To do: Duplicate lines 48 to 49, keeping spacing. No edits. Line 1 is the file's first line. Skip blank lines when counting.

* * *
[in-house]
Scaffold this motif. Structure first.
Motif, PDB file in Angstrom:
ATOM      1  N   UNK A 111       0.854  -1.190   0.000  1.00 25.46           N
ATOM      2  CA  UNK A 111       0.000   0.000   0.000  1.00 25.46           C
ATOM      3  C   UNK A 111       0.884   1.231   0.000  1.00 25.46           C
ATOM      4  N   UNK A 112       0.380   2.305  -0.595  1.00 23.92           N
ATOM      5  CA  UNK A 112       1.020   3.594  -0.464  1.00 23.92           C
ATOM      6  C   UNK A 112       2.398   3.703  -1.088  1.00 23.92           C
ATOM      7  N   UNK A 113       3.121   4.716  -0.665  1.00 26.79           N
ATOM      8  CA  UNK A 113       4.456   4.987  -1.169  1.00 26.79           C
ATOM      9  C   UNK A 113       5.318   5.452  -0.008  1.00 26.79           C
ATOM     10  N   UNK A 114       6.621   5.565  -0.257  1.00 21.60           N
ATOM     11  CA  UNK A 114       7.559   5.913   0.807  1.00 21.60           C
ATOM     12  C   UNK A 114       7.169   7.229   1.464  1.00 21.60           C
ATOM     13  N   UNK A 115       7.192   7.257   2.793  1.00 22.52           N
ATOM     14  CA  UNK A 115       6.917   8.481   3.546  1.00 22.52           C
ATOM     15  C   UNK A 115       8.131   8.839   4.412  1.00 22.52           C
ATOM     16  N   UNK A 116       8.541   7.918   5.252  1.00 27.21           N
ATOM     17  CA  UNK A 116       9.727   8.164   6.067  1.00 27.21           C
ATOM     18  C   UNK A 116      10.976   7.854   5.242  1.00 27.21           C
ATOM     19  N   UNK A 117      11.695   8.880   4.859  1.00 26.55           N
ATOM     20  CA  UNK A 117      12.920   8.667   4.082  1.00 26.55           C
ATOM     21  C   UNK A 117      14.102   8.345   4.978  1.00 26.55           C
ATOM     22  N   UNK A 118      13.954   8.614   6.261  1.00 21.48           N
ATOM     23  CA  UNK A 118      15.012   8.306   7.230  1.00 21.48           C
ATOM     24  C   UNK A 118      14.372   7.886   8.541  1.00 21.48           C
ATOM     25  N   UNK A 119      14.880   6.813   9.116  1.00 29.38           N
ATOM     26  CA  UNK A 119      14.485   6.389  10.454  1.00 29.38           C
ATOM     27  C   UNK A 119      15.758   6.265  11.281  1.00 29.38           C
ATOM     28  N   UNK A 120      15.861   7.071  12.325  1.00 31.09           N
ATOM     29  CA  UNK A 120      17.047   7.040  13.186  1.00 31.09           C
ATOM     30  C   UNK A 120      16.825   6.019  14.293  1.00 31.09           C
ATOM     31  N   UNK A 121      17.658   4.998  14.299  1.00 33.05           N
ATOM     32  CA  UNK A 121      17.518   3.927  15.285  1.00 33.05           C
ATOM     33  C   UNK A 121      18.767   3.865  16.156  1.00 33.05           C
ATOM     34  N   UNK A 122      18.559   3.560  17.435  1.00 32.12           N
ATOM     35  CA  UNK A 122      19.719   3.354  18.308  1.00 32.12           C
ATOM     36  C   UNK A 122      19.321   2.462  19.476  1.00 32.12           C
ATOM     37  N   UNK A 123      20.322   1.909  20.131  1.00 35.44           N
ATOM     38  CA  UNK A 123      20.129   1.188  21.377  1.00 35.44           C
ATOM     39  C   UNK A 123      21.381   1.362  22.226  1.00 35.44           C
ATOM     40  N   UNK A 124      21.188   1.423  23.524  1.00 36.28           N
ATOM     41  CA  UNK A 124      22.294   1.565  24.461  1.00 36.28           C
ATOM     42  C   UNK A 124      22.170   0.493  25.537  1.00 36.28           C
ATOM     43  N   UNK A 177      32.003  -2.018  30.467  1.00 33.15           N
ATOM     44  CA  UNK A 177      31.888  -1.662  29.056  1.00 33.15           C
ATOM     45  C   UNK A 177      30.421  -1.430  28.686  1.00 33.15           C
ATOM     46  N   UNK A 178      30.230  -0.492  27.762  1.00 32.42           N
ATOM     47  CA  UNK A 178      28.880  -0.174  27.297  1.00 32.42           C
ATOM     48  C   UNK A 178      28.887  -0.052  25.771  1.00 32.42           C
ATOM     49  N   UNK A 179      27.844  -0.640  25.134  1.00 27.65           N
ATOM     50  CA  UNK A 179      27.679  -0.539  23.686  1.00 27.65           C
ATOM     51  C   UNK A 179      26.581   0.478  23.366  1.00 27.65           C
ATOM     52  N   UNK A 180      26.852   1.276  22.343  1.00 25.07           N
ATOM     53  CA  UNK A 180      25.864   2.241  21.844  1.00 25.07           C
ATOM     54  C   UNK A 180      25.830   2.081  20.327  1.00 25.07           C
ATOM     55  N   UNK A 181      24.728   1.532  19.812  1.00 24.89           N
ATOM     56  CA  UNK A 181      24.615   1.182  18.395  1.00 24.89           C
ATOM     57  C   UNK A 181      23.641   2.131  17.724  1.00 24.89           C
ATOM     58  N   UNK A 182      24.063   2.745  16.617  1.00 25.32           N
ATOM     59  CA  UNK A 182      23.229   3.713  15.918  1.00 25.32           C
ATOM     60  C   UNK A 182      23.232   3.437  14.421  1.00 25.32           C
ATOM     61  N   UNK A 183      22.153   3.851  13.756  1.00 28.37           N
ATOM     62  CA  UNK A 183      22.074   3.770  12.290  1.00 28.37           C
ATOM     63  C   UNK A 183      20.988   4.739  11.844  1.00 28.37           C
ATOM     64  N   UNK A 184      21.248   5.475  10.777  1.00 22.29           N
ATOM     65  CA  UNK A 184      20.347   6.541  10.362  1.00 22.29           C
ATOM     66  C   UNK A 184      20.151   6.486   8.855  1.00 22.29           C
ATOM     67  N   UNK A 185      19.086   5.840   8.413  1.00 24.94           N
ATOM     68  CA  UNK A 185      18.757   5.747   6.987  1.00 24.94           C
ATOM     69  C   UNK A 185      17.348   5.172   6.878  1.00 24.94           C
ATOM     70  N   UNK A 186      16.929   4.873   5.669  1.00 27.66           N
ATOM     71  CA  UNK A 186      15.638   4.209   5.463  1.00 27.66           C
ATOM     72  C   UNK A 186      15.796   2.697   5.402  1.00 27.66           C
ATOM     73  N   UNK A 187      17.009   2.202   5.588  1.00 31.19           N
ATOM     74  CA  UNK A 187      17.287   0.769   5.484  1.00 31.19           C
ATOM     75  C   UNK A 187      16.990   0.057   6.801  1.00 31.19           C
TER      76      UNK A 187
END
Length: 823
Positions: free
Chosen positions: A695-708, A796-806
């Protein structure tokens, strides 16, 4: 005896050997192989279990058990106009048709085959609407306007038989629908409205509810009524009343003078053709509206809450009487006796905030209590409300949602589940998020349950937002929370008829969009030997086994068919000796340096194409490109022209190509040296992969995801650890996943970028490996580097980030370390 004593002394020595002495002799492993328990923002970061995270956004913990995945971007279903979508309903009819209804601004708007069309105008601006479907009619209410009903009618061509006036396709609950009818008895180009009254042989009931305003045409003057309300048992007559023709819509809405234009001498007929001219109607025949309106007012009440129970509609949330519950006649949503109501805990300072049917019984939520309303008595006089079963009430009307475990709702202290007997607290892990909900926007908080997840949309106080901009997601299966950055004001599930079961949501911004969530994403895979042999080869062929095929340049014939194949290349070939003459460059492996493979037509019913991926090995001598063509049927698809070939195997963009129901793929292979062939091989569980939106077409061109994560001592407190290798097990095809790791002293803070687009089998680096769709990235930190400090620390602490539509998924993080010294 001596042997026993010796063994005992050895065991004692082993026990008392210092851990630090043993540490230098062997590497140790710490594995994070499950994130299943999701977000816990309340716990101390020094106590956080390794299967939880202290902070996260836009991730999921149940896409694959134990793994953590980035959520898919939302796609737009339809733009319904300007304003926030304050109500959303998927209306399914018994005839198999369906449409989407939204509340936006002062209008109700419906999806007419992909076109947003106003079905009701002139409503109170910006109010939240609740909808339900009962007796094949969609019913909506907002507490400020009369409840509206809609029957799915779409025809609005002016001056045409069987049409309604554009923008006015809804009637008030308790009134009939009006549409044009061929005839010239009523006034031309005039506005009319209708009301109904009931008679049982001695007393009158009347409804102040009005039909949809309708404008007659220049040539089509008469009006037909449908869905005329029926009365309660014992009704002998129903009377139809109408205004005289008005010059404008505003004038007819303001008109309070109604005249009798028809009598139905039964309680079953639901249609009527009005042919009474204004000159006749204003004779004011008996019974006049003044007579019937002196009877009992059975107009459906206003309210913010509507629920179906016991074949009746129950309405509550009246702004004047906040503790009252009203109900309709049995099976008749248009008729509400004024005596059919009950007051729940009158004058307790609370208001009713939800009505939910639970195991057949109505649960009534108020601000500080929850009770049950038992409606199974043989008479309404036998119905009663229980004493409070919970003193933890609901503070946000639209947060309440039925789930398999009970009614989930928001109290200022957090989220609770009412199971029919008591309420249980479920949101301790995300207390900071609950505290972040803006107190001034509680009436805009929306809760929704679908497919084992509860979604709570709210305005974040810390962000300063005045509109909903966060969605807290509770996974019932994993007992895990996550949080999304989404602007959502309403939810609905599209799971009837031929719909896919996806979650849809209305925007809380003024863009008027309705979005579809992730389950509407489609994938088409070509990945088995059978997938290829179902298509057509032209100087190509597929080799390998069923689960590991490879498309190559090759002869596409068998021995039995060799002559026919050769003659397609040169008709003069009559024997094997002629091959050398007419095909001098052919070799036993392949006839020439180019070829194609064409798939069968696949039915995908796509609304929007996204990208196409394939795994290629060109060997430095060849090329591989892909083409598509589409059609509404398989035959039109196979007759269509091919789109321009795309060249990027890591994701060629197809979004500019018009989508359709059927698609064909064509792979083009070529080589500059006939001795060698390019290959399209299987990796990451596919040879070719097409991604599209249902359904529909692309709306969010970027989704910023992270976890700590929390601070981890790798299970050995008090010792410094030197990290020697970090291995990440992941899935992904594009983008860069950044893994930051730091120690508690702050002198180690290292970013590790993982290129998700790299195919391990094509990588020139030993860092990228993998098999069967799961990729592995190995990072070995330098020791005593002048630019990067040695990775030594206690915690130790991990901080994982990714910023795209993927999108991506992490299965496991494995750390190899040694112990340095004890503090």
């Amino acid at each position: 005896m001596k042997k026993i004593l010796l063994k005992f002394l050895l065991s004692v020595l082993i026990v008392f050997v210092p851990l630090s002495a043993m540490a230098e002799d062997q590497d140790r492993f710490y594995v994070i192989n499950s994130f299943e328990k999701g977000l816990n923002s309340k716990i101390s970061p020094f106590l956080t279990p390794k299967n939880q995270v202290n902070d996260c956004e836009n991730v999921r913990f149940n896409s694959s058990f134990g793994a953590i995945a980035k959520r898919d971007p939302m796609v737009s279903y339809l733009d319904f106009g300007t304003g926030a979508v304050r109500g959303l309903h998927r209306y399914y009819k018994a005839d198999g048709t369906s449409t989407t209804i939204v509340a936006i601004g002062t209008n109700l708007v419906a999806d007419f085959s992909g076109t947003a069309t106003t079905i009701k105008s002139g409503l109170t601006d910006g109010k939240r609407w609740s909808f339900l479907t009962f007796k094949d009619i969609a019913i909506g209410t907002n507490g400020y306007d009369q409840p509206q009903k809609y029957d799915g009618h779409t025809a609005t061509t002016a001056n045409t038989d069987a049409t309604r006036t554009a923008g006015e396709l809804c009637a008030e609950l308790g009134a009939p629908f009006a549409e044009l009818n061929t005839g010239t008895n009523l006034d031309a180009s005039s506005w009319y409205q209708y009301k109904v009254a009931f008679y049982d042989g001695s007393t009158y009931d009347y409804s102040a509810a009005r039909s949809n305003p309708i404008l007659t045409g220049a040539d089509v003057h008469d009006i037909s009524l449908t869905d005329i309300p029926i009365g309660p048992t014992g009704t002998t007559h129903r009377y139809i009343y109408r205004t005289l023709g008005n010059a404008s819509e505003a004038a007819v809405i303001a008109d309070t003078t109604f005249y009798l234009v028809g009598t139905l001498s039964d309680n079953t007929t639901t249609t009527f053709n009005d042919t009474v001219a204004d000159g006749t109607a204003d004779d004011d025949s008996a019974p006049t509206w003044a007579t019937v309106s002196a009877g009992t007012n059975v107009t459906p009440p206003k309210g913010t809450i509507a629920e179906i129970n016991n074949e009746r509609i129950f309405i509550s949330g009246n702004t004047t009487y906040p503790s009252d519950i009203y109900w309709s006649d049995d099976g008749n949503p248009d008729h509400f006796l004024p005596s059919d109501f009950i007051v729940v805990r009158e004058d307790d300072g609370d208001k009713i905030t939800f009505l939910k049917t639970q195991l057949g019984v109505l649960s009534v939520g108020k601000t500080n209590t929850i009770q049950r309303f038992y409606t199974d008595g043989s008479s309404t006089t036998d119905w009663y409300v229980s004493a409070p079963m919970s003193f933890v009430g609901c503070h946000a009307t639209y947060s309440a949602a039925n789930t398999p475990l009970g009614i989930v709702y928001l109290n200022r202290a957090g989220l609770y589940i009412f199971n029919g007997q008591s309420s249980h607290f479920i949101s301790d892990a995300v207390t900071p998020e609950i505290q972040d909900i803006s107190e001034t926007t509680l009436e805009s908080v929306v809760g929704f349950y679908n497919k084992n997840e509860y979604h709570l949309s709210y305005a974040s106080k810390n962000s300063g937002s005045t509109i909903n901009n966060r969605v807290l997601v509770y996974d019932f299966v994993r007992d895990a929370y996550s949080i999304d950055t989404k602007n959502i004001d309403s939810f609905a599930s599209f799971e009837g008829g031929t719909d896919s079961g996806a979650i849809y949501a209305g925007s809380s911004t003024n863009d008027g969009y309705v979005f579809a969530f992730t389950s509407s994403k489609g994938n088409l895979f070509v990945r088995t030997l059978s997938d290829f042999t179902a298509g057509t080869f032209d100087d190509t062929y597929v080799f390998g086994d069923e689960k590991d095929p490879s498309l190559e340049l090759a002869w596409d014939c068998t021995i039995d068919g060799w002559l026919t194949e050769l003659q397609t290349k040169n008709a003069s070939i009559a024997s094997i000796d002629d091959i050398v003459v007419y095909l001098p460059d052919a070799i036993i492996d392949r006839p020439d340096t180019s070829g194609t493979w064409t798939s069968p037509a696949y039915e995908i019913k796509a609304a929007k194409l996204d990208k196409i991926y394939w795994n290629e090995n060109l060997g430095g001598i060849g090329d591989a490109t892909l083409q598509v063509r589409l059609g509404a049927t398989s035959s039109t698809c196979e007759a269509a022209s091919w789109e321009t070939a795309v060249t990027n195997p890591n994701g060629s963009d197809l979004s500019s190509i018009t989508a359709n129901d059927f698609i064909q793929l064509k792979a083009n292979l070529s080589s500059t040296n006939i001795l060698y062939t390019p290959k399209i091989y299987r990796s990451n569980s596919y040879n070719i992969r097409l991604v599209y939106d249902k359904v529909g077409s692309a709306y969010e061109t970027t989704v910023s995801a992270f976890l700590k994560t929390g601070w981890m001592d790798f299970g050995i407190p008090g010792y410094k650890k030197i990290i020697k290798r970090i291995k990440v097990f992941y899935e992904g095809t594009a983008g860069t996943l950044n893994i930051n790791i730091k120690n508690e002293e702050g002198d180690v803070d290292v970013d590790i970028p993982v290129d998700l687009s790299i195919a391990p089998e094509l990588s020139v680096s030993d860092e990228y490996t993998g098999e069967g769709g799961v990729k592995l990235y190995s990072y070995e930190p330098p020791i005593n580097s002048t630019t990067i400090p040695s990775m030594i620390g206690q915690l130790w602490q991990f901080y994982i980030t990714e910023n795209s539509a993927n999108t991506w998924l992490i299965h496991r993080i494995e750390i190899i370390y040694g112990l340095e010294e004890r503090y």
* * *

ATOM     45  C   UNK A 177      30.421  -1.430  28.686  1.00 33.15           C
ATOM     46  N   UNK A 178      30.230  -0.492  27.762  1.00 32.42           N